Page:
Learn more about five influential British poets whose lives and work were shaped by the First World War…
In the autumn of 1917, far from the front lines of France, large crowds gathered in Birkenhead for the Welsh National Eisteddfod. A central part of the cultural festival was a poetry competition, in which poets submitted work under pseudonyms with the hope of winning a prestigious ceremonial ‘bardic chair’.
However, war cast its long shadow over the festival that year. When the pseudonym of winning poet was announced at the awards ceremony, trumpets sounded and applause ensued. Yet no one stepped forward to claim the prize. It was revealed that the winner – a young poet known by the bardic name Hedd Wyn (meaning ‘blessed peace’) – had been killed in battle just six weeks earlier. As the bardic chair was swathed in black cloth, the shockwaves were palpable. “No words can adequately describe the wave of emotion that swept over the vast audience when Wyn’s bardic chair was draped with the symbols of mourning,” one newspaper reported. Wyn’s absence that day was emblematic of a lost generation of men who would never return home.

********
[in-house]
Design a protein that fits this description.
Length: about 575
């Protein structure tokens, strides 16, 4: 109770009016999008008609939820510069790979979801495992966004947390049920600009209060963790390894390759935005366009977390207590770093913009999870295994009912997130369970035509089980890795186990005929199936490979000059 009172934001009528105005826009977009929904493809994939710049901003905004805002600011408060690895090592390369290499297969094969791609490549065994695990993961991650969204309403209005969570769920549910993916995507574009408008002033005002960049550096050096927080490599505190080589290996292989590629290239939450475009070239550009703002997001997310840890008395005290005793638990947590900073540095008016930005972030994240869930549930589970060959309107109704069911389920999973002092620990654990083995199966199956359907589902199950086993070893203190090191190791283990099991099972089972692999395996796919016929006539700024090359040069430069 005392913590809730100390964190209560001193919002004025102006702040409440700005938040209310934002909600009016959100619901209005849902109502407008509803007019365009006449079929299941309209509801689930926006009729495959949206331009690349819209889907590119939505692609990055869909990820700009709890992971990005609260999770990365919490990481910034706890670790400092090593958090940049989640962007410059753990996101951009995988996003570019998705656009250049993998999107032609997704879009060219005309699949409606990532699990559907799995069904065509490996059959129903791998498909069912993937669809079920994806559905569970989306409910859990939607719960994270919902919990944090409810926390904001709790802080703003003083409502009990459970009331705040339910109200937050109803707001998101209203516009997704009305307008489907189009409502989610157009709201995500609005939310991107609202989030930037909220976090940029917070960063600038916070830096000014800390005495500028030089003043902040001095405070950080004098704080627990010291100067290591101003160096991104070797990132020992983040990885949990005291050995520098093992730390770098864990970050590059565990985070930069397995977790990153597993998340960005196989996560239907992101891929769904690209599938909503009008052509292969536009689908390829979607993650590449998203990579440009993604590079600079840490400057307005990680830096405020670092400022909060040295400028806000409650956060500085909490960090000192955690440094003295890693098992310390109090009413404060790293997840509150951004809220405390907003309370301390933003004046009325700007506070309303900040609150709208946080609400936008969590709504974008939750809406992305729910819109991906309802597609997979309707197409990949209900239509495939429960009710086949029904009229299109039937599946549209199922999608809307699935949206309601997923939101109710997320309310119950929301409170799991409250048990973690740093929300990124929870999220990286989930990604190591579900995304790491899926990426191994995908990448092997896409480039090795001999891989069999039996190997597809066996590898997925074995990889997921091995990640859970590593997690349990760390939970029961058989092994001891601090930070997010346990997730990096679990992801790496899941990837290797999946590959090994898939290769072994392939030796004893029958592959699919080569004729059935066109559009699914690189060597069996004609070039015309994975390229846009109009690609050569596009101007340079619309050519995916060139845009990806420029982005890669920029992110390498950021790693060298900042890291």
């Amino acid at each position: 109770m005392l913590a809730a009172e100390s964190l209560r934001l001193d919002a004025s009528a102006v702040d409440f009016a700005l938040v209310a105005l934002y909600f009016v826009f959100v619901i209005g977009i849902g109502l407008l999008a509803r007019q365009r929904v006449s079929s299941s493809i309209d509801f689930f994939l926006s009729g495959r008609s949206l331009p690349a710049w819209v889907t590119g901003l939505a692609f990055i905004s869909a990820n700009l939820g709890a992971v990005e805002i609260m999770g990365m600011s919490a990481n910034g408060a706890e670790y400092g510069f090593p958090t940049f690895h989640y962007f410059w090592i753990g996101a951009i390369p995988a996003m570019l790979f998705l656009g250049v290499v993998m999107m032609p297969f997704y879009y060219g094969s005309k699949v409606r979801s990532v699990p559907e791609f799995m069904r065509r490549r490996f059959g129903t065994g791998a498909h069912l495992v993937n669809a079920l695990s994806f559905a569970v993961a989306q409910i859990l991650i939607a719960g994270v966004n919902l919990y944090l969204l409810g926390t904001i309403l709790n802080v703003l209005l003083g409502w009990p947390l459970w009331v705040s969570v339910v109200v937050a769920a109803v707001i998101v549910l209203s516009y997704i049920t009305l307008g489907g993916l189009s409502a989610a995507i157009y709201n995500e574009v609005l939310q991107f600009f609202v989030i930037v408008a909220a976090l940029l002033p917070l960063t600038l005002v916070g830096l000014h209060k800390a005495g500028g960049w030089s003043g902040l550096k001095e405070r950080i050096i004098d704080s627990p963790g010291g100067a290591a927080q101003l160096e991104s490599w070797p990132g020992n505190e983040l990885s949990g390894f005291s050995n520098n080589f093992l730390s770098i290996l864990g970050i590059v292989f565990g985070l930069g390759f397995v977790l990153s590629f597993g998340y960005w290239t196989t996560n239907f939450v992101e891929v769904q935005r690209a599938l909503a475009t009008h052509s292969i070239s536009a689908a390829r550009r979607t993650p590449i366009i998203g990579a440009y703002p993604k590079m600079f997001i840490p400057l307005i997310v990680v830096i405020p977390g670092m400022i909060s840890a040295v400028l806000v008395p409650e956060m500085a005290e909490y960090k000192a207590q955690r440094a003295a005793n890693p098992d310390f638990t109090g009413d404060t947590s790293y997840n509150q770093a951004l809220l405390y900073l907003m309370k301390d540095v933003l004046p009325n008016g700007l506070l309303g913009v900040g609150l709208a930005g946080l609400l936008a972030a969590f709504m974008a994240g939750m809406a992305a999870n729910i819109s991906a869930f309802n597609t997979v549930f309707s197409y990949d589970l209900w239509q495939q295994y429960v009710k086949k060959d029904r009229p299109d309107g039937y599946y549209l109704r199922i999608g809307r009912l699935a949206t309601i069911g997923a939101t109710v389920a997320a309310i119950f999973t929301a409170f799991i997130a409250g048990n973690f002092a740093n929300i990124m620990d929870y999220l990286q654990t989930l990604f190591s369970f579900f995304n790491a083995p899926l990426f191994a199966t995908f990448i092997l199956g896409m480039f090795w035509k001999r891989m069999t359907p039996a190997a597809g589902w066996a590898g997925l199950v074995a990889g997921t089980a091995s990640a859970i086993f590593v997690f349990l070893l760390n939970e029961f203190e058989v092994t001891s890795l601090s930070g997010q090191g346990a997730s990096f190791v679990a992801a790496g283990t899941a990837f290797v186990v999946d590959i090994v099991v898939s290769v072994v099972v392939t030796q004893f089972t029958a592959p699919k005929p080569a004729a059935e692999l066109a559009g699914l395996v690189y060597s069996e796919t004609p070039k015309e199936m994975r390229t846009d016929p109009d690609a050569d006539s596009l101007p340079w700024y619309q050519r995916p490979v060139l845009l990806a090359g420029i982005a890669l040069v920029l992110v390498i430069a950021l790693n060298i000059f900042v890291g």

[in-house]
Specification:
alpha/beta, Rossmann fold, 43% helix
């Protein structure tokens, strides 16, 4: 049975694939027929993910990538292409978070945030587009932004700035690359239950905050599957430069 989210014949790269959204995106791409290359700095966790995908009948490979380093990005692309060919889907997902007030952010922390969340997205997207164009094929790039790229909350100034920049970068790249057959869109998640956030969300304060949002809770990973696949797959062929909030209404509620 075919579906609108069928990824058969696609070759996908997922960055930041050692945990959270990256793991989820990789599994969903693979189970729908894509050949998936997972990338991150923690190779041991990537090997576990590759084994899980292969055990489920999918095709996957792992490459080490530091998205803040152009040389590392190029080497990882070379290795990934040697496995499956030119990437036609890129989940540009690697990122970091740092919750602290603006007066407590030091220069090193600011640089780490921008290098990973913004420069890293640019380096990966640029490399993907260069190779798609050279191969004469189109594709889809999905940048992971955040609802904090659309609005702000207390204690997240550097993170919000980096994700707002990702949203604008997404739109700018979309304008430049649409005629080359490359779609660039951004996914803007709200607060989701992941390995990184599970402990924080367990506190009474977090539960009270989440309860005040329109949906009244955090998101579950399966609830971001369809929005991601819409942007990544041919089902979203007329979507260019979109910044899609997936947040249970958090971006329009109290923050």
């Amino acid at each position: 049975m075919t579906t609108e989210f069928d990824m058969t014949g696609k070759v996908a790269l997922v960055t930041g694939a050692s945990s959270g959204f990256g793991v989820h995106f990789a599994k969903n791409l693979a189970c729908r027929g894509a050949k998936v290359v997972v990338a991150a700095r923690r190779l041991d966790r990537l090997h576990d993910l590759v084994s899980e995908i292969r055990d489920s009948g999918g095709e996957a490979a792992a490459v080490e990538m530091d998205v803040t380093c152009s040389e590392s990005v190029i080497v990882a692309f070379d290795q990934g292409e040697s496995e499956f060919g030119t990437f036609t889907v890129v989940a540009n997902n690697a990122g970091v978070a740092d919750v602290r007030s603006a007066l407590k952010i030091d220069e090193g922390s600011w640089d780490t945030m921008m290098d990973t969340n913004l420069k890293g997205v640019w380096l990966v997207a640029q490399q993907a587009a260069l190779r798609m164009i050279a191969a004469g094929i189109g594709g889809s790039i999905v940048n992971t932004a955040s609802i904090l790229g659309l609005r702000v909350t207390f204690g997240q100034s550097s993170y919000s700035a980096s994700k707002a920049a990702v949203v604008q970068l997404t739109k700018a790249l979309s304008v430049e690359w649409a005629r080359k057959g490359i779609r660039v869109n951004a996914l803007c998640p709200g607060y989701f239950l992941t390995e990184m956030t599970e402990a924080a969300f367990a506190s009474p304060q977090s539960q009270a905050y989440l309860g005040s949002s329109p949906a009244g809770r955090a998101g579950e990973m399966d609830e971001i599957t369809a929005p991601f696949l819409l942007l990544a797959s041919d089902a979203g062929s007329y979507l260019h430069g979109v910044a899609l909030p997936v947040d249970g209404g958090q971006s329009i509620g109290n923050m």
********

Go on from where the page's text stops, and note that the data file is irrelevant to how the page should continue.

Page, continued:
Hedd Wyn, whose real name was Ellis Humphrey Evans, had been raised on a sheep farm in Gwynedd, north Wales. By the time he enlisted with the Royal Welsh Fusiliers, he was already a well-respected Welsh-language poet. Despite his relatively young age, Wyn had already won five other bardic chairs. However, his promising talent was cut short. Soon after arriving on the western front in June 1917, he was killed in one of the opening attacks of the battle of Passchendaele, on 31 July 1917.
Wyn had begun his award-winning poem Yr Arwr, or ‘The Hero’, after enlisting, finishing it on the front lines. Shortly before his death, he had also composed another of his most famous poems, War (originally written in the Welsh language):
Why was I born into this age
In which mankind has exiled God?
With God departed Man, with rage,
now sits upon the throne of God.
And when man knew that God had gone,
To spill his brother’s blood he bore